One of the major problems facing the researcher of Russian futurism is the lack of a sense of the cultural milieu surrounding the movement. The political events of the beginning of the twentieth century eradicated the less vivid nuances of the relationship between the experimental, artistic cultural elite and the popular culture of that era. The hundreds of disputes, lectures, scandals, exhibitions, and theatrical performances given by artists and poets who claimed to be part of the avant-garde make the task of elucidating the defining elements of the totality of the esthetics a daunting task for the researcher. The self-perception of the futurists involved makes it possible to exaggerate the significance of the event or the reaction of the public to the event, and for the researcher who uses the memoirs or declarations of participants as his only source, the event acquires a distorted importance within its cultural context. In light of such difficulties, peripheral sources, such as newspaper accounts or the memoirs of impartial eyewitnesses give cultural context to the performance, focusing the synergistic relationship between artist and audience.
One source, which has been under-exploited in this discussion, is the phenomenon of hoax and parody of futurism, published at the zenith of the movement in Russia. These hoaxes were often written in direct response to performances or events, parodying the elements of futurism which were of most interest to, or were most offensive to, the Russian public. Often these almanacs reflected the philistine tastes of the provincial aristocracy, exaggerating the most coarse elements of futurism in order to disparage the movement; however, a significant number of parodies were accepted by both the public and the futurists as the work of people who shared the vision and stylistic techniques that were the hallmarks of the movement.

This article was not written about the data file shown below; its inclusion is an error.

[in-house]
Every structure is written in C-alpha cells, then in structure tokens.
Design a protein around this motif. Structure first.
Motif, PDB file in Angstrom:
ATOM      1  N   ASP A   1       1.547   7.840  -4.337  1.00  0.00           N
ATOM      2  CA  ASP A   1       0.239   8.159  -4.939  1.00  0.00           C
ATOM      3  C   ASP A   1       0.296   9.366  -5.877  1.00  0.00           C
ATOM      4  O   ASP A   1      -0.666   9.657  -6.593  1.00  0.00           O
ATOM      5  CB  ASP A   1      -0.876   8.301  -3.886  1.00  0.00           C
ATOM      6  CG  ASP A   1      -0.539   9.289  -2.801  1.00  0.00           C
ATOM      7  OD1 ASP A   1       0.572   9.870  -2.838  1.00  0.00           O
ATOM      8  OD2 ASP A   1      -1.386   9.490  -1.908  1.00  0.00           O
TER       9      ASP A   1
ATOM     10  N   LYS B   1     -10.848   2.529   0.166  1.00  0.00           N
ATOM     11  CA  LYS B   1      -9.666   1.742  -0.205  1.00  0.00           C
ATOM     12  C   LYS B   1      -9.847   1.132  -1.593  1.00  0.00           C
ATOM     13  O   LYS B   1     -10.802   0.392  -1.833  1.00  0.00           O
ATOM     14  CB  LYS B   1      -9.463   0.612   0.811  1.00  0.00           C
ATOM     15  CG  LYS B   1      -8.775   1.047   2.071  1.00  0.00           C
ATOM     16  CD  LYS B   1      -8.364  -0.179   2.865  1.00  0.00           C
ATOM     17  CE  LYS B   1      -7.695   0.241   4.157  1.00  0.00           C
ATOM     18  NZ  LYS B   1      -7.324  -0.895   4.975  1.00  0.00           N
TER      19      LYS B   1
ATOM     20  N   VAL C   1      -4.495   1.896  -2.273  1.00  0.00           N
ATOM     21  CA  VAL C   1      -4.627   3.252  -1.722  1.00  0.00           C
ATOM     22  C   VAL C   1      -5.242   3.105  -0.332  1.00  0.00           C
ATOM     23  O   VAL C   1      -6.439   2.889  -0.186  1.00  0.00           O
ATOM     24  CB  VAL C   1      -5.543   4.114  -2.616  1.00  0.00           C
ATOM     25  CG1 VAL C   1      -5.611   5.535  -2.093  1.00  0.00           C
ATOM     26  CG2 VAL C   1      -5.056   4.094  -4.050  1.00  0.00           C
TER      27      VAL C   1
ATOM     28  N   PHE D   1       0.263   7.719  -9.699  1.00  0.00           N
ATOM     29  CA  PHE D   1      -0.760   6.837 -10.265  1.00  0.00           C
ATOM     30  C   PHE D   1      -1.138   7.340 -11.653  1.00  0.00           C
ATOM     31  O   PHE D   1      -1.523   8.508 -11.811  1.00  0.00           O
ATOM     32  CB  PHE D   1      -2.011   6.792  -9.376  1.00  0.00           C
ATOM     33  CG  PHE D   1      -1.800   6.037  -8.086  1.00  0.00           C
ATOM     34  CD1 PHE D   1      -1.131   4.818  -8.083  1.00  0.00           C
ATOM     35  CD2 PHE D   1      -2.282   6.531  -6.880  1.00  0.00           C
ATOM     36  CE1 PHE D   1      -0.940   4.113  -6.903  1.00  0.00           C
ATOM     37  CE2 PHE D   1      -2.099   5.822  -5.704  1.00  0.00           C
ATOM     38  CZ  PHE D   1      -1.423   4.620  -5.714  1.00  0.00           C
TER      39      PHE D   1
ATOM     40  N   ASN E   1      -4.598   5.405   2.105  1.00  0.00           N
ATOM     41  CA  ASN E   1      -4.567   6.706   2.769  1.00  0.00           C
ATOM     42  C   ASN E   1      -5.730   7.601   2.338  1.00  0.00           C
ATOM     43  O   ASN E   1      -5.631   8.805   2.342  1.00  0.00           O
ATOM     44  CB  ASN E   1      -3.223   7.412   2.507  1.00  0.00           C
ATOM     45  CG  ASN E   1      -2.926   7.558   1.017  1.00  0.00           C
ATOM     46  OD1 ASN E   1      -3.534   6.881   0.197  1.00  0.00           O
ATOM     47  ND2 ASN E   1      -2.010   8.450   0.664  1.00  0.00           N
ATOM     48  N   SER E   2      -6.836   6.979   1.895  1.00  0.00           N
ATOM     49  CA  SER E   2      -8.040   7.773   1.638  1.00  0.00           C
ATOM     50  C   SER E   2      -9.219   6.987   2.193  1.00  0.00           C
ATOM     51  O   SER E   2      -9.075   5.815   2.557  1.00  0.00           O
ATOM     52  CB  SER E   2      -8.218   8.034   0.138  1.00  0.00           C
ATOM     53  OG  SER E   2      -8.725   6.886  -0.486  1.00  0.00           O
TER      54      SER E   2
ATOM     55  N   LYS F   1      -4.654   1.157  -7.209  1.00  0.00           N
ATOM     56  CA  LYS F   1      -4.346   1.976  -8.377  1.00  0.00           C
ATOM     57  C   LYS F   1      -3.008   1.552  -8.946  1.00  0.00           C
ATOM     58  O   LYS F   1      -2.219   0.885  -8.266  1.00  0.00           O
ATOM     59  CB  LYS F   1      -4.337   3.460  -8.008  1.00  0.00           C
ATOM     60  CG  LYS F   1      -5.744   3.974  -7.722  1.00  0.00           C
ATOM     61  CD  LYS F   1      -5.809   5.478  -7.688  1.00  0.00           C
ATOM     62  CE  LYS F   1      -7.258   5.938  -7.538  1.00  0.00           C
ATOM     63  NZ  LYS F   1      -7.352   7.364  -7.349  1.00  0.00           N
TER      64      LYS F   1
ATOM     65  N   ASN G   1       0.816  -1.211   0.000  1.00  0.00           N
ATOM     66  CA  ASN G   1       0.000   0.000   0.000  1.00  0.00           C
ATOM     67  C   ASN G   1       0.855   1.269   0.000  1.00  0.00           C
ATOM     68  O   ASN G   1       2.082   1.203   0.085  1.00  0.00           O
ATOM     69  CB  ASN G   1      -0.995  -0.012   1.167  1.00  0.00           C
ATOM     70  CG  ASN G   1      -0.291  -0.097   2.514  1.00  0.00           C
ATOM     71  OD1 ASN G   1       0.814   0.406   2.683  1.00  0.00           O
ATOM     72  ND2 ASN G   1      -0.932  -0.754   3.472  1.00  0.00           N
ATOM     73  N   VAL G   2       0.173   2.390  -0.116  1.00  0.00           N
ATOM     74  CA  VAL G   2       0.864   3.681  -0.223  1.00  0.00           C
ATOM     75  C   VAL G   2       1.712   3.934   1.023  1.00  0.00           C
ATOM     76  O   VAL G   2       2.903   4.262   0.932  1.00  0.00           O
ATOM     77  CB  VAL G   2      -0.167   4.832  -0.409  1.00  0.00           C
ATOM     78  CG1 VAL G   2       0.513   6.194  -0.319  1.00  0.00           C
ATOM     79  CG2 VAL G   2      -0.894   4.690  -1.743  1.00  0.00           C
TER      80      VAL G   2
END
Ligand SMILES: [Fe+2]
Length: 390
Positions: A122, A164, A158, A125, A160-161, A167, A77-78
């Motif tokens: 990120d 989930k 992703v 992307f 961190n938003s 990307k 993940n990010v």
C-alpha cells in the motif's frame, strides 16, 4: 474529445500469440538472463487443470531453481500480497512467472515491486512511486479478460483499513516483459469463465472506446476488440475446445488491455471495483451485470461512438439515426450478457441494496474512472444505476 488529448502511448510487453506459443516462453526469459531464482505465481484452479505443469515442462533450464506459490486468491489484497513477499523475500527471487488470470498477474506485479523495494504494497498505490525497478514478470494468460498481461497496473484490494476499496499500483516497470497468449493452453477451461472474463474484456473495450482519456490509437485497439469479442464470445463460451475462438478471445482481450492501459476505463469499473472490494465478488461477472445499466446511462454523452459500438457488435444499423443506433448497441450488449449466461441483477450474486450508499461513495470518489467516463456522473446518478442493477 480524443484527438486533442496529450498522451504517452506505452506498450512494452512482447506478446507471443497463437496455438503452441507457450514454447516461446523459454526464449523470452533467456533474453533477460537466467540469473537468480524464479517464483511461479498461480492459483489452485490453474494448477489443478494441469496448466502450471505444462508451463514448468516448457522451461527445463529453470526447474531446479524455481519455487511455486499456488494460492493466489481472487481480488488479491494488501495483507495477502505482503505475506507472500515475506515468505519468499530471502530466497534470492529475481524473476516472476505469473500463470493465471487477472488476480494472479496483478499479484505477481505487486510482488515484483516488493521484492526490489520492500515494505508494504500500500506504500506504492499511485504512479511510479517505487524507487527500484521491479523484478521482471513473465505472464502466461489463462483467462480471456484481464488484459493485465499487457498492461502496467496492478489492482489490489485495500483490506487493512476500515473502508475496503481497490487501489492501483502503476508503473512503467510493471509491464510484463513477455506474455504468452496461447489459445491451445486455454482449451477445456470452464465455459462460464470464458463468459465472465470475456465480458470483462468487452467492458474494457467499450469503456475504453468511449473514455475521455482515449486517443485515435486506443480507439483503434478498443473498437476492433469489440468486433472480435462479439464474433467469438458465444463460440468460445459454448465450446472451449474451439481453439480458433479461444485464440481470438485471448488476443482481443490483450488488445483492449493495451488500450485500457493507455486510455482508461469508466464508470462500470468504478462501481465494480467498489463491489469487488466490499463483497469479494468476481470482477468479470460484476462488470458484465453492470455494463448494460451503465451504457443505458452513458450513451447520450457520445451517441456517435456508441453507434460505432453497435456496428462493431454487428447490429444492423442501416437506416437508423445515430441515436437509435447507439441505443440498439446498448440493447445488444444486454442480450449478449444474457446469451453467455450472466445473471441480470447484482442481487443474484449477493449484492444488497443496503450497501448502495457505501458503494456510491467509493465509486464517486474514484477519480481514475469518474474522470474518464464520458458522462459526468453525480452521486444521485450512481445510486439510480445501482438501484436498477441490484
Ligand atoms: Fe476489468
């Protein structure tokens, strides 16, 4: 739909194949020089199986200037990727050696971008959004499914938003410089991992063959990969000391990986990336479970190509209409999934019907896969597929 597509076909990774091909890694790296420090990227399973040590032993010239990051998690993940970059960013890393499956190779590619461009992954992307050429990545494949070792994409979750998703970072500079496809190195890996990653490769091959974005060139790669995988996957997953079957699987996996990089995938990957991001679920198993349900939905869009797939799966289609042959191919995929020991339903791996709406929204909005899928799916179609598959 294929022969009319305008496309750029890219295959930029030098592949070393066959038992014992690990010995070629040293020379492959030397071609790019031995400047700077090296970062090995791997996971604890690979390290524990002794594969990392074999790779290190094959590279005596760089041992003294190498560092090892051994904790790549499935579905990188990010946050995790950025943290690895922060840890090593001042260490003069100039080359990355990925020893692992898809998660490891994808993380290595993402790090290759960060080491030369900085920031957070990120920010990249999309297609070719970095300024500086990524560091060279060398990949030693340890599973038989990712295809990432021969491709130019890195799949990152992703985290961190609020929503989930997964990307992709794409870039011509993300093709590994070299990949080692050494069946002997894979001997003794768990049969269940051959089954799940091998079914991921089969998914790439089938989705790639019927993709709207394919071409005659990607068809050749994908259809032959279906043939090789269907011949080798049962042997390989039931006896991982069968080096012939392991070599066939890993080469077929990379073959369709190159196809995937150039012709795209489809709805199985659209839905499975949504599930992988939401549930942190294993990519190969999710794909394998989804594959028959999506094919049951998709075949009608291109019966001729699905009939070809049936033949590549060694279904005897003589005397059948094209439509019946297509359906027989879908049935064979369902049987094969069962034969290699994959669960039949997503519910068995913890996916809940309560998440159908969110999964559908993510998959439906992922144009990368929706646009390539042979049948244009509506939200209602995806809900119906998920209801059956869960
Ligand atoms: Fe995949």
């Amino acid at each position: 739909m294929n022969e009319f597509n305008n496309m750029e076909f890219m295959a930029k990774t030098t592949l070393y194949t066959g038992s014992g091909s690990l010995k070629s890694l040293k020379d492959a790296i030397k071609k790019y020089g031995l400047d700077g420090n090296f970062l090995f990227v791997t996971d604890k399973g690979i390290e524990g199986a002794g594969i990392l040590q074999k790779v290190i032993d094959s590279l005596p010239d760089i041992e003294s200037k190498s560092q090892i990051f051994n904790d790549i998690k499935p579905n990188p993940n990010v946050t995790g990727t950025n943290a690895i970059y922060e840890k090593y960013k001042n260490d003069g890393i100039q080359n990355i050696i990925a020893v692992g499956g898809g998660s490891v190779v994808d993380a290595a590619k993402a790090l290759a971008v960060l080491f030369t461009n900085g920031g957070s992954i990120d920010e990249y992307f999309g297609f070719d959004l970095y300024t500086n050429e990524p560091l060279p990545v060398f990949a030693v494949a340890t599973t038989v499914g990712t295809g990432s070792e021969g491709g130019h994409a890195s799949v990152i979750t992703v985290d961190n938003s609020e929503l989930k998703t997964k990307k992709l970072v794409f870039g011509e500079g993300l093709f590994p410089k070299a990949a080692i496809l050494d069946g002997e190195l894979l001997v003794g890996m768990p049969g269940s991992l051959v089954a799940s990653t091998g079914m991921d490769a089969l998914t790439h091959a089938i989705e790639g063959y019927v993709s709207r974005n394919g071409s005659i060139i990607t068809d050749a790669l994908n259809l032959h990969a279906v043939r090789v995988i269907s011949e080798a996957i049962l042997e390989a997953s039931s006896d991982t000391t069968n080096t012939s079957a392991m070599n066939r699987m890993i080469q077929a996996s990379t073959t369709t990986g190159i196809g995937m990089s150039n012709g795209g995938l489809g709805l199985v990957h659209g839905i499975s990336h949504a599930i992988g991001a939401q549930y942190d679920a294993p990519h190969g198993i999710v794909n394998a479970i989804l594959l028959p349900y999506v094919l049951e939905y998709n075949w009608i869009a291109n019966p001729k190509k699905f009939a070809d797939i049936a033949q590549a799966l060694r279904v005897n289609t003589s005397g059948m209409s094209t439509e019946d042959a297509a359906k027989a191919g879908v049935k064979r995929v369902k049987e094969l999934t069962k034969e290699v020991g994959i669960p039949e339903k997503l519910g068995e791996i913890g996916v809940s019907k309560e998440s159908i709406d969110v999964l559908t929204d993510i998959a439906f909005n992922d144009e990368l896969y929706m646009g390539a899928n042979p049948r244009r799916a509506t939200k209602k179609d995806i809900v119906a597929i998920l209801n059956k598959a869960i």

Why, then, were these works endlessly discussed by the various groups of artists and writers involved in experimental artistic culture? The answer to this question reveals much about the nature of the avant-garde at its inception. In this paper, I will discuss how parody reflects on the futurist aesthetic, how futurist parody incorporates self-parody and mystification as a means of creating a canon among established futurists and finally, how the problem of hoax, parody, and imitation demands a reinterpretation of the Russian avant-garde.
The rapid flowering of the parodies directed at the avant-garde in 1913 is directly correlated to the growing popularity of the futurist movement at that time. When “art” and “literature” are seen as part of a larger whole and encompass the role of the artist as actor (Gesamtkunstwerk), the “incomprehensible” text becomes more that just a cipher; it reveals itself to be a complex part of the cultural mosaic intentionally produced by the artist/performer. As the work of art becomes intrinsically intertwined with the artistic persona of the artist, and the boundaries which separate the constructed facade from the actual life of the artist become blurred, parody becomes a means of creating a separation between self and the other.